Okay, I started to read this book a couple of years ago and stopped after the first sentence: I sent one boy to the gaschamber at Huntsville. I know stuff like that shouldn't bother me, but it does. What stuff? Well, Texas doesn't have a gas chamber (or gaschamber) and never has. Here in the Lone Star State, we send 'em into the Great Beyond via lethal injection, and before that it was Old Sparky that did the job. So that sentence stopped me cold.
Oh, yeah. The "gaschamber" bothered me, too. It's part of McCarthy's celebrated style, in which men have a "shirtpocket" or drive a "Ramcharger." But they use a "cut-off" shotgun in a "shoot-out." Or they might fix a shotgun so that it has a "pistol grip." So I'm wondering: Why not a "pistolgrip" or a "shootout?"
McCarthy doesn't like quotation marks or apostrophes, either, or he must not because he doesn't use them. He'll use a comma now and then, but you can tell it hurts him to do it. Why? Is it that he wants to write like Willam Faulkner, that he's too lazy to type them, or that he just wants to irritate me?
Anyway, I told myself that I was going to read the book, and I did. The story is set in 1980, and it's about a guy who finds a lot of money after a drug deal goes bad and everyone dies. He takes the money. A guy named Anton Chigurh comes after him. Chigurh is relentless, and he kills anybody he feels like killing. Now and then he'll flip a coin and let a potential victim call "heads" or "tails," but that's as close to mercy as he comes. So there's a lot of killing and a lot of explosions, perfect for a movie (I haven't seen the movie).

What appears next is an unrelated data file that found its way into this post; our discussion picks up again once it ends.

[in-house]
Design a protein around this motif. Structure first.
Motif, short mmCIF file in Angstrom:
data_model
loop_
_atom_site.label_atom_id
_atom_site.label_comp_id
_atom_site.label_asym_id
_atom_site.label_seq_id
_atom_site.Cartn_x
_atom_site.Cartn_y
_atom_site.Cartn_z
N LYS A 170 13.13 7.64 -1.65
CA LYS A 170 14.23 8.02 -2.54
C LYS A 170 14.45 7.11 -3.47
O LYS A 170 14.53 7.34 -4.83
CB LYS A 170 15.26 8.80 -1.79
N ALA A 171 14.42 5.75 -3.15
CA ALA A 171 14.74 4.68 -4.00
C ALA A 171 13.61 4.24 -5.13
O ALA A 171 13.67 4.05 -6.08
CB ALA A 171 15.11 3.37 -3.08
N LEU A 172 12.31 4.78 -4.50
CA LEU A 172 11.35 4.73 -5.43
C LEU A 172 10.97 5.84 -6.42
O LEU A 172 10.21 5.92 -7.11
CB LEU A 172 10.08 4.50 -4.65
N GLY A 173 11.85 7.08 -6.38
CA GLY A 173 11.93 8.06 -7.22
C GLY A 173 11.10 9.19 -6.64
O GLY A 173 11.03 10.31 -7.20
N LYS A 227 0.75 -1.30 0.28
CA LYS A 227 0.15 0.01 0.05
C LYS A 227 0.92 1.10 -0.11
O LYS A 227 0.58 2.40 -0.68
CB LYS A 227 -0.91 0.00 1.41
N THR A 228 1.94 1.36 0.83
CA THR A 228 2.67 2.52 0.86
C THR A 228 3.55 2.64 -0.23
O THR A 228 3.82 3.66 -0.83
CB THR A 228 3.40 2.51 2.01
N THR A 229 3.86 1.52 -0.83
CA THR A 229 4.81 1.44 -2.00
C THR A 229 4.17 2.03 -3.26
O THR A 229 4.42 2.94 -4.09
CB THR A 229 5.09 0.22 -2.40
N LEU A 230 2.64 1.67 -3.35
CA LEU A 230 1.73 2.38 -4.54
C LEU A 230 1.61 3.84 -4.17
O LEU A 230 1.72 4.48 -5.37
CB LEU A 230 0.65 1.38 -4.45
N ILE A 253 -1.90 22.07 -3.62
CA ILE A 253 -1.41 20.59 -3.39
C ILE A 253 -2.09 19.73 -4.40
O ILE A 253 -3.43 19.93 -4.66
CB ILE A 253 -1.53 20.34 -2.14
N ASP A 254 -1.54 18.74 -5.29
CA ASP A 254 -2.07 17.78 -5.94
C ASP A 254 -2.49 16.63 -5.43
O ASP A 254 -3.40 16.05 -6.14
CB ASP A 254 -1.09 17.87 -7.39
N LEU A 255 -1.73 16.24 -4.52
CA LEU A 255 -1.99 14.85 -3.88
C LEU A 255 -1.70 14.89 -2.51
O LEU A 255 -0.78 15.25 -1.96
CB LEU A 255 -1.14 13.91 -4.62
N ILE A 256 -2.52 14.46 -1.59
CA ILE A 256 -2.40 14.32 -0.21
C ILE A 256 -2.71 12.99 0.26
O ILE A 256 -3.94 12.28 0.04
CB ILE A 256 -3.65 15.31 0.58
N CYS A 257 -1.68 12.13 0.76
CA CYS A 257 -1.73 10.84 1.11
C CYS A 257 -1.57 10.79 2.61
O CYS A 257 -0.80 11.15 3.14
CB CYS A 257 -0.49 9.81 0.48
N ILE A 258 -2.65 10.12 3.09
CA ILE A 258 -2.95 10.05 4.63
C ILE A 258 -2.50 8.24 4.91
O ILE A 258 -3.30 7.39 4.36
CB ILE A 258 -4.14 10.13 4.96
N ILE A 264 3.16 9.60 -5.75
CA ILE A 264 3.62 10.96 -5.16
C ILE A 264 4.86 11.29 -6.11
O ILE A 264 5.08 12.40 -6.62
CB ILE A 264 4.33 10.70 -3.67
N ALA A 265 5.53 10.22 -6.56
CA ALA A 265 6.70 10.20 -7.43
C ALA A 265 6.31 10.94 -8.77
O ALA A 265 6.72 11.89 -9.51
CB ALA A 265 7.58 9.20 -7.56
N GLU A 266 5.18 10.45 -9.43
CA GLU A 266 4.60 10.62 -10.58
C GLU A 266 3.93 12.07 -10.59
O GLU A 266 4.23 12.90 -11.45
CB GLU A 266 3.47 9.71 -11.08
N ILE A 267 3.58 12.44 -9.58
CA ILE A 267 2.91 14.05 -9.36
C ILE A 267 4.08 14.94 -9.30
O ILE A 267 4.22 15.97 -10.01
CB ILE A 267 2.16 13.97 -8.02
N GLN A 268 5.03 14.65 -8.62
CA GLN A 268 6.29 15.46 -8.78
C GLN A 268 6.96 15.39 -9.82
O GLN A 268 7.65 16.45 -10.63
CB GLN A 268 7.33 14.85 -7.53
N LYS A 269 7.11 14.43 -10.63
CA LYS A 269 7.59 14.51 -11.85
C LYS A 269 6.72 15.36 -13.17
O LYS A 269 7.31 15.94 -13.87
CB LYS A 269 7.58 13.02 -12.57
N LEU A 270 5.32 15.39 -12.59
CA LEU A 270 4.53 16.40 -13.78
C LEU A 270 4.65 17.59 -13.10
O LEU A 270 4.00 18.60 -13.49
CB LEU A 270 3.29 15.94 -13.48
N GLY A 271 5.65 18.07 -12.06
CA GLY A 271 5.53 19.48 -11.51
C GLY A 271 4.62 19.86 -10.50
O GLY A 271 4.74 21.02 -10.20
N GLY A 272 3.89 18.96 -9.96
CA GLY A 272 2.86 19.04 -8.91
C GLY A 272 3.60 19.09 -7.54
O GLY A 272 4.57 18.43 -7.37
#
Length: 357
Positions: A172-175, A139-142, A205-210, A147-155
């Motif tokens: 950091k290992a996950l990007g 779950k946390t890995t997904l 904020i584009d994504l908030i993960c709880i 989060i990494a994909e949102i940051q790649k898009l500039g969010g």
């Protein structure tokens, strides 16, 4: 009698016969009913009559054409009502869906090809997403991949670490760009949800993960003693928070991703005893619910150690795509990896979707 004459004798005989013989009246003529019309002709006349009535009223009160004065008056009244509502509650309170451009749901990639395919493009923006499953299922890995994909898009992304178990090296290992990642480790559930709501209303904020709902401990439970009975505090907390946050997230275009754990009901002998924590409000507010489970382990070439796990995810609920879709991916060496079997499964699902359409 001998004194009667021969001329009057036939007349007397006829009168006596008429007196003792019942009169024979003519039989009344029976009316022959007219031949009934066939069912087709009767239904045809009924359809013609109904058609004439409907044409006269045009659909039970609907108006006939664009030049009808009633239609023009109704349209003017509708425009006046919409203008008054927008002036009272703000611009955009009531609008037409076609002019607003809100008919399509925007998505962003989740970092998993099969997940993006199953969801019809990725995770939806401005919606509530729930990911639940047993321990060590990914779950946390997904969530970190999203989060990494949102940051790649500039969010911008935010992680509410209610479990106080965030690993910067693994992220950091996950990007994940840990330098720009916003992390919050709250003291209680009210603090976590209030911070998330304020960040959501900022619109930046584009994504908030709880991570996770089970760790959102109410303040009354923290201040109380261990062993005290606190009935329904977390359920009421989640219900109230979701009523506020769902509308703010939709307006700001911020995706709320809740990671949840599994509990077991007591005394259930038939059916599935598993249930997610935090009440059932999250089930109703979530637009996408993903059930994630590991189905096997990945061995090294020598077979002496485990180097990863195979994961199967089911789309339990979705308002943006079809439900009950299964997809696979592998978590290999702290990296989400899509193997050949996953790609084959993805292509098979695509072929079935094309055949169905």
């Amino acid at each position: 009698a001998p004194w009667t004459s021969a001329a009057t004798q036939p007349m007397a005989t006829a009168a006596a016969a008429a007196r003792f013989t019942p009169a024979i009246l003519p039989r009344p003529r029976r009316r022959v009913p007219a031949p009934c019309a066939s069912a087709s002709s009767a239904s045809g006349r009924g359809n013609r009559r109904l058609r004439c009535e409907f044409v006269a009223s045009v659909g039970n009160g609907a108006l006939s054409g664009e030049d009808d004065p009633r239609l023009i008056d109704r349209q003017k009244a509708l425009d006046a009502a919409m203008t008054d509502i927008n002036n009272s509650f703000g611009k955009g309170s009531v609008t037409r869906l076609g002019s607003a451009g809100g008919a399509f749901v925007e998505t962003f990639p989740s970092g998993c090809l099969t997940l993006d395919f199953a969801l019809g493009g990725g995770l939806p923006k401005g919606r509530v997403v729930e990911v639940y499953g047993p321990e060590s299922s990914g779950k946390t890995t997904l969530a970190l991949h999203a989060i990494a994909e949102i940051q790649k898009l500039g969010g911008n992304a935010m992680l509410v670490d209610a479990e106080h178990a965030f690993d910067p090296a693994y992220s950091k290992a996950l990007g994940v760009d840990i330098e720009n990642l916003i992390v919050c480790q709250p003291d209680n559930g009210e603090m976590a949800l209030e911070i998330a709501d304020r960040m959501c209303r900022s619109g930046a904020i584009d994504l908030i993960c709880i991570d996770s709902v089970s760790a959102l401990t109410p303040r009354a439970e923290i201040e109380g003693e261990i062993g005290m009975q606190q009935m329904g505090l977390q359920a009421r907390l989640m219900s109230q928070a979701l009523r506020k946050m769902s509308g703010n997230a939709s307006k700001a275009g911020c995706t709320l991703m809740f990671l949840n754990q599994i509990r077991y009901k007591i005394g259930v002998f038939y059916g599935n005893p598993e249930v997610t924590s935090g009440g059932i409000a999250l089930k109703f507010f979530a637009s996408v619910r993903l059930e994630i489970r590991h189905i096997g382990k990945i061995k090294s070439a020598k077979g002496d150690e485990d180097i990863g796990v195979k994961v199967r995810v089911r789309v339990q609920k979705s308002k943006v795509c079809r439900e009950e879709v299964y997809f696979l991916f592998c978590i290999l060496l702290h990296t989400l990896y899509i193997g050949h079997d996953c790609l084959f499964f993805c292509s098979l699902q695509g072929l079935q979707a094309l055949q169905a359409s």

Oddly enough, the major confrontation that you think the story is building toward takes place offstage. (Or should that be "off stage"? I'm getting confused.) A deputy describes what happened in a couple of paragraphs. Either McCarthy never heard about "show, don't tell," or he has contempt for something so elementary.
There's a county sheriff who has some first person narration now and then. He is, I suppose, the book's moral center. He figures that the world is going to hell in a hand basket (or handbasket), and he's sorry for the change that's coming over his part of it.
The truth is, I think there are a lot of crime writers who have told similar stories and done it just as well if not better. But what do I know?